Regional Displacement Summary
This report is produced by OCHA in collaboration with humanitarian partners. It was issued by the sub-regional office for Eastern Africa (SROEA), Nairobi. It covers the period 01-30 April 2011. The next report will be issued on or around 30 May 2011.
I. HIGHLIGHTS/KEY PRIORITIES
Rainfall deficits deepen in eastern and northern Kenya
The March to May rainfall seasonal performance continues to be close to average in most of the key cropping areas of Burundi, western Kenya, Tanzania, and Rwanda.
However, significant rainfall deficits of between 50 ‐150 mm persist across the agro‐pastoral areas of southeastern Kenya; the belg cropping areas of Ethiopia, including SNNPR, the northeastern highlands, and southern and eastern parts of Oromia; parts of southwestern Sudan; and the bimodal cropping areas of Uganda (Figure 1).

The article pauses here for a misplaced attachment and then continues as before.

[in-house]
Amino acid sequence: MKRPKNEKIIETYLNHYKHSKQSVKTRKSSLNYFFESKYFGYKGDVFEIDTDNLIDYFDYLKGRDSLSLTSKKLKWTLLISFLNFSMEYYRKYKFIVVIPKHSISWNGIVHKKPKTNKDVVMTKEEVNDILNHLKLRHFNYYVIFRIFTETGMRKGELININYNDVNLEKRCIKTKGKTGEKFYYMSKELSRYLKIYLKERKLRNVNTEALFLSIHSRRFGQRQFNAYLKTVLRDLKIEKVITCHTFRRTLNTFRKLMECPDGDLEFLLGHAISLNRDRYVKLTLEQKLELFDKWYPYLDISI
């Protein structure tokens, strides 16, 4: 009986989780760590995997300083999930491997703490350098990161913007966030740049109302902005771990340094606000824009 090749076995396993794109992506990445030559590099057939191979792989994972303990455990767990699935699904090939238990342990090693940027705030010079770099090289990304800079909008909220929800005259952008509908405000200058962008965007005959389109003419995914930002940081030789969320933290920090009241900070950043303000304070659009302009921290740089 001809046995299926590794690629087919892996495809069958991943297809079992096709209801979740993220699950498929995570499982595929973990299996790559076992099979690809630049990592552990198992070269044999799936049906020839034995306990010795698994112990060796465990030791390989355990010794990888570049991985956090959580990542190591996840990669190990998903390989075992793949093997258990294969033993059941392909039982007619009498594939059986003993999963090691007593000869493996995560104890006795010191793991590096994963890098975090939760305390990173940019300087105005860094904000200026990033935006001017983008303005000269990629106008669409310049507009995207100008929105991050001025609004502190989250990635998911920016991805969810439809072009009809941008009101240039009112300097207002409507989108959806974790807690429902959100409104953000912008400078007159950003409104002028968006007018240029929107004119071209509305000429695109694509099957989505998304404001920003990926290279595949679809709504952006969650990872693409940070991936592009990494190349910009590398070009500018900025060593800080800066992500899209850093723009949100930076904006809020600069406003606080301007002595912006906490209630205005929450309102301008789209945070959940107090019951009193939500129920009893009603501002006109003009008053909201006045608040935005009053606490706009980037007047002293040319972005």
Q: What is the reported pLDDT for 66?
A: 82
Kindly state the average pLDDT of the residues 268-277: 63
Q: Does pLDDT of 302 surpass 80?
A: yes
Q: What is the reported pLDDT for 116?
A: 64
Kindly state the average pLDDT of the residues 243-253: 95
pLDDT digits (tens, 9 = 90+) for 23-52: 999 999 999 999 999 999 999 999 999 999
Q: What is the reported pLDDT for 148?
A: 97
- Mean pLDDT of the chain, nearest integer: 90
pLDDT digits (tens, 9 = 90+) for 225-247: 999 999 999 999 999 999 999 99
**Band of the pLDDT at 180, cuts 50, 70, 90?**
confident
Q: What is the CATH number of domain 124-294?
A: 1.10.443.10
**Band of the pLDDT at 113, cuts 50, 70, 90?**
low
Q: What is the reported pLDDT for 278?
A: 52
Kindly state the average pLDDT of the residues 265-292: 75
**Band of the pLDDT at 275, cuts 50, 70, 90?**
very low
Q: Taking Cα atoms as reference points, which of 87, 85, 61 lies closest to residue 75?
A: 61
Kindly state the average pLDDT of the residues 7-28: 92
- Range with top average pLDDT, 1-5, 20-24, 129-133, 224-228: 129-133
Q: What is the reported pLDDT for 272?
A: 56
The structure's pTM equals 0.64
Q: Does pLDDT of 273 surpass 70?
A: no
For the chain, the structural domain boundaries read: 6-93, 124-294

Sixty-three food commodities and livestock were traded across the borders of eastern Africa countries in 2010
Approximately 330,000 MT of cereals and 109,000 MT of pulses were traded. Seventy-six percent is this trade was formal, and 24 percent informal
Uganda and Ethiopia were the key export countries while Kenya and Northern Sudan were the main importers
August and December were the peak trading months following the main harvesting season in the source countries
Rainfall deficits persist in the eastern Horn
Performance of the March to May rains continues to be close to average in most of the cropping areas of Tanzania, Rwanda, Burundi,
Uganda, and western Kenya. However, rains have been persistently below‐average in parts of the bimodal cropping areas of northern Uganda, southern parts of Sudan, southeastern Kenya and the Belg cropping areas of Ethiopia, including SNNPR, the northeastern highlands, and southern and eastern parts of Oromia region with deficits amounting to 50‐150 mm (Figure 1).